Lenders apply DCF analysis to assess a borrower's ability to service debt and evaluate the financial viability of a commercial real estate loan.

Portfolio Management and Asset Allocation

Investors and asset managers use DCF to optimize their portfolios. They use the analysis to compare property valuations, allocate capital strategically, and achieve maximum returns.

Lease Negotiation and Analysis

Landlords and tenants can use the DCF model to identify optimal lease terms, considering factors like duration, rental escalations, and tenant improvement allowances.

How Discounted Cash Flow is Calculated

The 4 steps to calculation discounted cash flow

To calculate discounted cash flow for a commercial real estate investment, you need to follow these four steps:

Step 1: Project Future Income and Expenses

Estimate the property's future cash flows by considering factors like rental income, operating expenses, vacancies, and rental escalations over the desired holding period.

Step 2: Calculate Net Sales Proceeds

Estimate the net sales proceeds from the eventual sale of the property at the end of a specified holding period, taking into account aspects like appreciation and the terminal capitalization rate.

Step 3: Determine the Appropriate Discount Rate

Select a suitable discount rate that reflects the investor's required rate of return and the risk associated with the investment. This rate will be used to discount future cash flows to their present value.

Step 4: Calculate the Present Value of Cash Flows

Discount the entire cash flow stream, including the net sales proceeds, at the chosen discount rate to determine the present value of the investment. The sum of these present values represents the discounted cash flow value of the property.

The Importance of Accurate Data in Cash Flow Modeling (and How Technology can Help)

A reliable discounted cash flow model relies on a combination of factual data, such as leases and contracts, and property-specific and market-based assumptions like vacancy rates, market rent growth, and inflation.

This data must be accurate in order to yield useful results. Additionally, incorporating client-specific data, including investor preferences and risk tolerance, tailors the DCF model to each investor's unique requirements. This ultimately leads to more precise and actionable insights.  

Modern technology plays a significant role in streamlining the process of building a DCF model, automating data entry, assumption building, and analyzing sensitivities. Using advanced analytics tools saves time and reduces the risk of errors, ensuring a more reliable final result.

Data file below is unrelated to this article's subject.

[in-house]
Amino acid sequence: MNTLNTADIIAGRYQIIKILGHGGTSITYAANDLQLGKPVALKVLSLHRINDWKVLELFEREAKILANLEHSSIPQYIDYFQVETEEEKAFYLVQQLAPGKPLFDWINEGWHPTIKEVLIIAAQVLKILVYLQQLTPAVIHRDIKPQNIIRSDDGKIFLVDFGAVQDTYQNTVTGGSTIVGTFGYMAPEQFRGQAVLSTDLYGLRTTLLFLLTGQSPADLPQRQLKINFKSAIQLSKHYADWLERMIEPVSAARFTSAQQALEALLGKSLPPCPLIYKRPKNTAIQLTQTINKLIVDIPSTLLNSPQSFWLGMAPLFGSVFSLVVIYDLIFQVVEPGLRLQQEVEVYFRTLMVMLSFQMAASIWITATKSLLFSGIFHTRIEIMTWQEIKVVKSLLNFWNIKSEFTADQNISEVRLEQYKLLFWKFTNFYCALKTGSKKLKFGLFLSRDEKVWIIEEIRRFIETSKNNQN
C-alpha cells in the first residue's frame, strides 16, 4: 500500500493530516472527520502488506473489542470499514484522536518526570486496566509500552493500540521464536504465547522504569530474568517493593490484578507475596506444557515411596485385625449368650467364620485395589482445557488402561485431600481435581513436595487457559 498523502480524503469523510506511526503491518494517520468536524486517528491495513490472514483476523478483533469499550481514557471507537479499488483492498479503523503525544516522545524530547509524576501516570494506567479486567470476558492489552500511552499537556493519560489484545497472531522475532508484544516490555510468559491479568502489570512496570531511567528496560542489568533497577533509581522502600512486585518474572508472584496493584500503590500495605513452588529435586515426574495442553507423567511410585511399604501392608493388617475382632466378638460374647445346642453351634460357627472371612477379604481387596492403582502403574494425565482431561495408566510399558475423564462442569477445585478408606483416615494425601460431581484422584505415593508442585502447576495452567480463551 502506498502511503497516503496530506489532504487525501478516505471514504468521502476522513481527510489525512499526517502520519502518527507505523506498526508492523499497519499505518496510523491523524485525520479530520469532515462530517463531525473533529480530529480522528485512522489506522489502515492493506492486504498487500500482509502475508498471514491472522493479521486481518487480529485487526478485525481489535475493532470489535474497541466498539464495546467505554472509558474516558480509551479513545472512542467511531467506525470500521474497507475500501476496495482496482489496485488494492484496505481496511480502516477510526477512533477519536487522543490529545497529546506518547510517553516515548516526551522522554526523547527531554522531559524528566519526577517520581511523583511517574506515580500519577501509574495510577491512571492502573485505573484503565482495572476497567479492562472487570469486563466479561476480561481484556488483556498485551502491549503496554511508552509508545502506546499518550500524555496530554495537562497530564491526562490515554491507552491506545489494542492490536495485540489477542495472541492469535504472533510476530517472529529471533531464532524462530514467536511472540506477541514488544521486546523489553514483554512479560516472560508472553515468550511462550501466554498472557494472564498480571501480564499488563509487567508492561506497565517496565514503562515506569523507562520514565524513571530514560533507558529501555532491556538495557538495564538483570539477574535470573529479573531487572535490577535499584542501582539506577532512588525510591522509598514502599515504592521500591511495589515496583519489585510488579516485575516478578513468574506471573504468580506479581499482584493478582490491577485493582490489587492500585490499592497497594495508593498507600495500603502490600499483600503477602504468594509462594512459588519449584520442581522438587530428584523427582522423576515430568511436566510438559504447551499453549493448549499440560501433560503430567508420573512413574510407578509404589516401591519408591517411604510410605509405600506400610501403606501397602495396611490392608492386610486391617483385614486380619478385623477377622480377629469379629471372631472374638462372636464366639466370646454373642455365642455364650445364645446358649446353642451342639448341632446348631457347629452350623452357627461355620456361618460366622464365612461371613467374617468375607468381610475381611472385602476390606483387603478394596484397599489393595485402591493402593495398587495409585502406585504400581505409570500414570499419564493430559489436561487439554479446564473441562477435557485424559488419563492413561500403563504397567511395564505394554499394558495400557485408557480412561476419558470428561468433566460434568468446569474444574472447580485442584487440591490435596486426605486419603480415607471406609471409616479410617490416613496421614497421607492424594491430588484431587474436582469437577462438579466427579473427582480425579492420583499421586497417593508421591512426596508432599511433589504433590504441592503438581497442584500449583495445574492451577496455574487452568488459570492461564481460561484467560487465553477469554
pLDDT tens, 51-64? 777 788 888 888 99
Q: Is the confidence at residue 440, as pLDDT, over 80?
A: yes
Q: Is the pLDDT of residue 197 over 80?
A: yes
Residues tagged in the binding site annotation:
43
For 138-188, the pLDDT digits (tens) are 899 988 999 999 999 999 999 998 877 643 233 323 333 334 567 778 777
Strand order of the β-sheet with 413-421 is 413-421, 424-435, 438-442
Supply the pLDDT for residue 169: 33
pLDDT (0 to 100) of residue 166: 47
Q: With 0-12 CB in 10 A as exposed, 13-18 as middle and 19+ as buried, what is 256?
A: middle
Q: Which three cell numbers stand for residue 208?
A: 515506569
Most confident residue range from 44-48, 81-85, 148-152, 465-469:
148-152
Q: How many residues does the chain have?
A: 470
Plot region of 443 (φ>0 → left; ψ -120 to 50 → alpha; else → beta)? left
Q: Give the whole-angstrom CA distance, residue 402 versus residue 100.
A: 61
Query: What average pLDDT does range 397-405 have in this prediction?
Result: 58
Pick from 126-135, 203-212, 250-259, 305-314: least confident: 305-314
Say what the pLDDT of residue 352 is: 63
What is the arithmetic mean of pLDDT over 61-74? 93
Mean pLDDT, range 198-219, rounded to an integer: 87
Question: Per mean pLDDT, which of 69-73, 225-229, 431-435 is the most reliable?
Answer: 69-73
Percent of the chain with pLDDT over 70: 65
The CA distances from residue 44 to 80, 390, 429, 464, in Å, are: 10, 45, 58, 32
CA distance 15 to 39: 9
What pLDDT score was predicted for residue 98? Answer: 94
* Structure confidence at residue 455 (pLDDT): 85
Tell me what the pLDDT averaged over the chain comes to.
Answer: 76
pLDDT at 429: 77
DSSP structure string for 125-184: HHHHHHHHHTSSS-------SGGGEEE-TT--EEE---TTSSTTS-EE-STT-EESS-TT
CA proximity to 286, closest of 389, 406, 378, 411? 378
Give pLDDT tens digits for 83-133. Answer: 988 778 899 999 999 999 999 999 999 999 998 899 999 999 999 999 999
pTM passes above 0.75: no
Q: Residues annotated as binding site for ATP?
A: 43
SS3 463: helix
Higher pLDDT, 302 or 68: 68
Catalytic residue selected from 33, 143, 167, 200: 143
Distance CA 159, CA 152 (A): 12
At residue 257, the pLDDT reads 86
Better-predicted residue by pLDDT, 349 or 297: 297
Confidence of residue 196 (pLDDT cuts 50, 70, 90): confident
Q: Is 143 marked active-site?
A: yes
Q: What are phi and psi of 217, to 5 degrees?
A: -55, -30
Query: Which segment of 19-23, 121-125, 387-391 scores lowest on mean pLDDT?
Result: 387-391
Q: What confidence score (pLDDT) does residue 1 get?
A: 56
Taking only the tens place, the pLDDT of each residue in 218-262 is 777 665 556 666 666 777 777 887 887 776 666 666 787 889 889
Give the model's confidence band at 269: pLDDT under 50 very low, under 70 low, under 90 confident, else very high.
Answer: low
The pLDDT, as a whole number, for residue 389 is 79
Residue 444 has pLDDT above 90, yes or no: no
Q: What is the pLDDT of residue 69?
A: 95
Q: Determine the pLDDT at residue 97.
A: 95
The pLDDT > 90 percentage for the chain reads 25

By combining good-quality data, insights, and advanced analytic algorithms, commercial real estate investors can develop powerfully accurate discounted cash flow models that set them up for success in a competitive industry.

Challenges and Limitations of DCF in Commercial Real Estate

While not mathematically super complex, the discounted cash flow model has its challenges and limitations in commercial real estate.

The accuracy of the model heavily relies on the assumptions made, and aggressive assumptions, whether positive or negative, can have a material impact on the concluded results. It's crucial to verify factual data and find supporting justification for assumptions to ensure the model's reliability.

Building a comprehensive DCF model can also be a time-consuming process, posing challenges for investors who need to make quick decisions in fast-paced markets. Despite these limitations, the DCF model remains a critical tool for commercial real estate investors when used with caution and awareness of its potential pitfalls.

"Your cash flow and valuation system must be capable of handling complex expense recovery methods if you require that level of detail.

However, in situations where time is limited or data is sparse, you should have the option of a simplified "back-of-the-envelope" analysis."

Brian Mascis - Chief Operating Officer at Rockport VAL

Final Thoughts on the Discounted Cash Flow Model

As a commercial real estate investor, you should have a thorough understanding of the DCF model as you put it to use in optimizing your property investment portfolio.

By analyzing projected cash flows and discounting them back to present value, you can gain a thorough understanding of your property's potential risks and returns, while accounting for opportunity costs.

While the DCF model has its challenges and limitations, the use of modern technology and reliable data can help you develop accurate and actionable insights. Ultimately, DCF is a critical piece of every successful CRE investor’s toolkit!  

Written in Collaboration with Rockport

Rockport, developed by Rick Trepp, offers commercial real estate SaaS systems to top financial institutions worldwide. Their flagship product, Rockport VAL, is a cloud-based cash flow modeling and valuation platform that supports all asset classes and seamlessly integrates with other platforms.